Wood noted during the meeting that federal regulations maintaining how funds can be spent have loosened though three rules remain: ARPA funds cannot be used to pay down PERS obligations, ligation settlements or debt repayment.

Overall, the city received $11,670,850 to allocate by Dec. 2024 and fully spend by Dec. 2026.

From 2021-22, the city allocated $440,300 on eight different projects while from 2022-23, the city allocated $2.1 million on 19 projects. 

From 2023-2024, there are 18 projects the city wants to allocate funds to with the anticipated amount at $7.1 million. 

These projects include the Keizer Rapids turf field ($4 million), an Event center storage area ($800,000) and for employee recruitment and backfill of critical positions ($428,000). 

For the 2024-25 time frame, the city is allocating the remaining $1.9 million on nine potential projects (so far) such as resolving the PERS salary issues, updating the city website and creating a sidewalk installation and repair program. 

The task force brought up a PERS policy the city adopted in 2021, SB 1049, that allowed employers to rehire retired workers in a limited duration position who reached retirement age under PERS. 

Overall, the policy would allow the city to rehire experienced workers at a lower rate due to the 6% remittance of the employer’s PERS obligation.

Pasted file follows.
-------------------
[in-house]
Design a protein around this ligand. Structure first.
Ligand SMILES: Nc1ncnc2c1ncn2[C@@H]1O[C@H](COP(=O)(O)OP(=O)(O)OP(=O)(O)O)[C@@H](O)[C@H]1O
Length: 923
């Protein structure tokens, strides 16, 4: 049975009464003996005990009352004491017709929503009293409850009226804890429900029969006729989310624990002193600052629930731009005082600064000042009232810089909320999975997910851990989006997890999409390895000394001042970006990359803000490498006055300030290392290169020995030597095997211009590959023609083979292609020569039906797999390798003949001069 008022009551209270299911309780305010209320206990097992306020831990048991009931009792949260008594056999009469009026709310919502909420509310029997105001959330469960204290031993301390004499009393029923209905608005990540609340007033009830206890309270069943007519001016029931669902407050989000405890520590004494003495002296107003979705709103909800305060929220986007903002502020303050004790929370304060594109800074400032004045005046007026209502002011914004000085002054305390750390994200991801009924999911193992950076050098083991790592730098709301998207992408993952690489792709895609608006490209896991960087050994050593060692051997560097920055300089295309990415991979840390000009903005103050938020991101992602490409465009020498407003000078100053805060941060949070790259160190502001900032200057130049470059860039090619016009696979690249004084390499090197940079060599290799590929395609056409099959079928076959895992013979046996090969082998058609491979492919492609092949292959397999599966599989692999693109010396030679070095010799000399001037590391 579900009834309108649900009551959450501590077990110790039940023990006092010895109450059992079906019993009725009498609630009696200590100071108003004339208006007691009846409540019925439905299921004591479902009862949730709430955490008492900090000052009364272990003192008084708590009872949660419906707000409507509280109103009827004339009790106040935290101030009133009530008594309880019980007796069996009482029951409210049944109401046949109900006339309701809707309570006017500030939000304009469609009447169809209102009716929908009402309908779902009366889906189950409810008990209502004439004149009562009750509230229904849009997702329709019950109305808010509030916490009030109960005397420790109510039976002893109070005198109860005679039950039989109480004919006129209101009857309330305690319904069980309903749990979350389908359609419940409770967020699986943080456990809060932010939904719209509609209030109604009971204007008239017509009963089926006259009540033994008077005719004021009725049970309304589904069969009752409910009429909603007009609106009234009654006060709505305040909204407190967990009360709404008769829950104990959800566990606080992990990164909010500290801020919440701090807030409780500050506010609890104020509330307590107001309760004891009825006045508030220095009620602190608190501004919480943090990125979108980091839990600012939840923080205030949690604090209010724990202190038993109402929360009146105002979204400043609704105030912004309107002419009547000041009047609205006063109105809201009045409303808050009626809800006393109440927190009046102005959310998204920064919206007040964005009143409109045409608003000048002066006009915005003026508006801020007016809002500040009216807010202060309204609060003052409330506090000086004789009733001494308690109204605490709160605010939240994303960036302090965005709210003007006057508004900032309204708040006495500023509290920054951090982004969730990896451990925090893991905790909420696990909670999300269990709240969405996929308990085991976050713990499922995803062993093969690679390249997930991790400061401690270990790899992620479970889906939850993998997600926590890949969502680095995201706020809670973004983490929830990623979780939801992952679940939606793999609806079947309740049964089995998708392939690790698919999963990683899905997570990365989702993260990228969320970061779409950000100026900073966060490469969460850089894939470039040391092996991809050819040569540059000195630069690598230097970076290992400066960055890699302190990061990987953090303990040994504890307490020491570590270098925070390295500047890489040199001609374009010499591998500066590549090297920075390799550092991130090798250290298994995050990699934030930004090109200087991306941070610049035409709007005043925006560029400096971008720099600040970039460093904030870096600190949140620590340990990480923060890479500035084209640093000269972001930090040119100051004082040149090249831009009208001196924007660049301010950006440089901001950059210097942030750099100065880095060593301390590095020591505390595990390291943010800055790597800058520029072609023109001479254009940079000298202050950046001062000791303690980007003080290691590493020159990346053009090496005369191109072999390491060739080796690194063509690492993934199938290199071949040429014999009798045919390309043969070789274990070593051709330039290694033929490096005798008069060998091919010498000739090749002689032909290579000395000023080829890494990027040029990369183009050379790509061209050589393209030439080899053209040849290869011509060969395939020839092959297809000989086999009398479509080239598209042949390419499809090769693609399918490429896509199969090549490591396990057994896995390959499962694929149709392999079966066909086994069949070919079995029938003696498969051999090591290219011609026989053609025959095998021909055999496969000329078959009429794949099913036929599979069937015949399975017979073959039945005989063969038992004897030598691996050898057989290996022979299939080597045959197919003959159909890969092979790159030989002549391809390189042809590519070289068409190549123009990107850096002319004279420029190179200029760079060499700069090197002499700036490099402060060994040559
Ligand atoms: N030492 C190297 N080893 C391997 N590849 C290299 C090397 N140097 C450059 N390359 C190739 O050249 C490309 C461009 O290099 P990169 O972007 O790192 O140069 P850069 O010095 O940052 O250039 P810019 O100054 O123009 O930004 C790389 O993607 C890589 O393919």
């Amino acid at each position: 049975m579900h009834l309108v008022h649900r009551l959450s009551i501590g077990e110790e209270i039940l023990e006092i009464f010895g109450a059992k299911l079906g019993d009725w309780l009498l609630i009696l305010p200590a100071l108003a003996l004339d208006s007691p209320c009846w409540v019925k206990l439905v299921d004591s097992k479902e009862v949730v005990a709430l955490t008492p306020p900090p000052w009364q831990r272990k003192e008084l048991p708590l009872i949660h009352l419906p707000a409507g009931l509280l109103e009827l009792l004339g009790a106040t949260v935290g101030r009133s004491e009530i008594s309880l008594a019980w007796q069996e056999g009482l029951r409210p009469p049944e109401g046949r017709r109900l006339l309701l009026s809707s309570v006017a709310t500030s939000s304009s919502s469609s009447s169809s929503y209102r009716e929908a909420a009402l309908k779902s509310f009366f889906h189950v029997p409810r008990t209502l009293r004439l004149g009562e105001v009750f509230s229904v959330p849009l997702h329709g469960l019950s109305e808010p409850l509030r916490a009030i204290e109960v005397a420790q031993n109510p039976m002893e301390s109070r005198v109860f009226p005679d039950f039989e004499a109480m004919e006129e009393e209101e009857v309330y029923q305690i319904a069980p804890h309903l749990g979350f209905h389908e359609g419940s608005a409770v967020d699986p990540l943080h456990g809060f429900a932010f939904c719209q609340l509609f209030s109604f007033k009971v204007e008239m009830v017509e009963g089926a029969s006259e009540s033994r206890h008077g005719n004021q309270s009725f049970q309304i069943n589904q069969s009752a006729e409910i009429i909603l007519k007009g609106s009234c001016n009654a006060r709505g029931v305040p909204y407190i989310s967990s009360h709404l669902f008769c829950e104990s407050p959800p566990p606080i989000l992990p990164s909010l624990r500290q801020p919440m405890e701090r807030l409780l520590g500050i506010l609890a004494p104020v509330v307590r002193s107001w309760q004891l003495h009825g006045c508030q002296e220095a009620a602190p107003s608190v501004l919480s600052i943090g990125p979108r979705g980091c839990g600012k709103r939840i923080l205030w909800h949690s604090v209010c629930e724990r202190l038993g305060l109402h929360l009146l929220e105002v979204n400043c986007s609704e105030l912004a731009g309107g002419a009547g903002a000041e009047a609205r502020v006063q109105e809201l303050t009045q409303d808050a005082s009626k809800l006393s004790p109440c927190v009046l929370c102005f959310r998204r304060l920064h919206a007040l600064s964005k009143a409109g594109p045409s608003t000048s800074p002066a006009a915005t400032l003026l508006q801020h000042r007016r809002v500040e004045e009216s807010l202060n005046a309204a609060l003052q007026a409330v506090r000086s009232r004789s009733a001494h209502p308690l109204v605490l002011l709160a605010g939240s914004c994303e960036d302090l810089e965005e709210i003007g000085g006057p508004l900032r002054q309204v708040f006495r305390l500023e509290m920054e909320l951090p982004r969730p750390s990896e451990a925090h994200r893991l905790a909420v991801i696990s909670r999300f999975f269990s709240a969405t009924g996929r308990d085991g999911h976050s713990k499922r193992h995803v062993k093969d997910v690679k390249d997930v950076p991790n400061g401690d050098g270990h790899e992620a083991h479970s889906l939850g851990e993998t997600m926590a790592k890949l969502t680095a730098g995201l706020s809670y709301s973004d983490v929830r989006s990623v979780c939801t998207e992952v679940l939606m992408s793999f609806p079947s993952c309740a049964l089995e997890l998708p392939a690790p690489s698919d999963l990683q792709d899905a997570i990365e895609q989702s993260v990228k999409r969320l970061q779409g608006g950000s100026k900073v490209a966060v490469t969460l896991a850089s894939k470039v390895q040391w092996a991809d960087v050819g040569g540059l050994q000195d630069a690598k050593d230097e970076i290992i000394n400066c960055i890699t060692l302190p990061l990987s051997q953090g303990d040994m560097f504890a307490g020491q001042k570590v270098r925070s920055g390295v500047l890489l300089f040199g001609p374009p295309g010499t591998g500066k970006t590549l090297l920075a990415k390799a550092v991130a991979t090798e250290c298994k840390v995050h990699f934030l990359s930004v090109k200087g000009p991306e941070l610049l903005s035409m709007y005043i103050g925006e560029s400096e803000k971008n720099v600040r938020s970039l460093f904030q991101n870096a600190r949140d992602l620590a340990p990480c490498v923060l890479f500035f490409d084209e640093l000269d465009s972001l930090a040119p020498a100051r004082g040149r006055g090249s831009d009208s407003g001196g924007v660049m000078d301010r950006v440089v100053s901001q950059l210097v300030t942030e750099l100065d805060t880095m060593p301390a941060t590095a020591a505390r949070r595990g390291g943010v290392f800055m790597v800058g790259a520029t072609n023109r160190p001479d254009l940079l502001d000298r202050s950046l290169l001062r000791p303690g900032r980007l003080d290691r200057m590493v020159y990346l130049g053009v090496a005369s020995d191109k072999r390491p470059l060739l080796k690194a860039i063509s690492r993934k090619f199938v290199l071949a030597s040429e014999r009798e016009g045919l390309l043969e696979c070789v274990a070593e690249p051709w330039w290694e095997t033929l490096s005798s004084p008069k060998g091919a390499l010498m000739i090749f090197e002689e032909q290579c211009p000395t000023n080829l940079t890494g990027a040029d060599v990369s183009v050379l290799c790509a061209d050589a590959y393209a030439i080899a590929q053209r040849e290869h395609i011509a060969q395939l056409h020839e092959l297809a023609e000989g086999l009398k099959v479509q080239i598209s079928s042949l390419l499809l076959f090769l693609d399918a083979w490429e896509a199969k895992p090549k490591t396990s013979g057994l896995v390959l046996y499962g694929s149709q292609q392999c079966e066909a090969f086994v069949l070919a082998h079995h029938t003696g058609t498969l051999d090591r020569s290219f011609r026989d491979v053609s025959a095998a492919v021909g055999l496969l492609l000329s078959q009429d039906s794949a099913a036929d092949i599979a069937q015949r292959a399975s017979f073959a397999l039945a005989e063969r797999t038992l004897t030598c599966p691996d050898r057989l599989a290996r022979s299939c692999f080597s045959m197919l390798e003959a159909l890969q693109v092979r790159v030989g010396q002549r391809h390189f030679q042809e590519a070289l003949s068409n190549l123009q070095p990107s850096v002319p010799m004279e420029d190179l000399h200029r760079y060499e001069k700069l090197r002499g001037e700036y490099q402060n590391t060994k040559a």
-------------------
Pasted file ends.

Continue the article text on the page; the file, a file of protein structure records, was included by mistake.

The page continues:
In practice, this policy has saved the city money just shy of $100,000 as 7 of the 18 eligible city employees have been rehired under this policy. 

An example given displayed a step 7 employee with a total compensation amount at $123,602 and step 1 employee at $94,010. 

Due to the 6% PERS remittance, however, a rehired step 7 employee would only cost the city $95,470, allowing the city to retain older experienced workers rather than hiring new ones. 

The task force presented a few ideas for paying down the city’s PERS obligations. 

Two primary methods are available to the city to help alleviate this issue, increase revenues or reduce expenses, with city staff trying to figure out how to perpetually reduce expenses. 

An example was given of the 2024 General Budget amount for Keizer, $16.5 million, and PERS obligations equal to around $1.8 million paid out in pensions from the General fund. 

Provided the city can pay down the PERS Underfunded Accrued Liability (UAL) obligation ($1.4 million), or was fully funded, the city could repurpose that money to provide more services to the city, according to task force documentation. 

The current plan to pay down the UAL revolves around leasing property for development in Keizer Station to increase as well as diversify revenue sources. 

A review presented by the task force, however, determined that the city is not a good property owner or manager, according to reports conducted by city staff. 

In order to alleviate issues stemming from this, an alternative strategy is to put the Keizer station city-owned properties in the hands of developers and use the proceeds to pay down the UAL, according to Brown and task force documentation.

Contact Quinn Stoddard
[email protected] or 503-390-105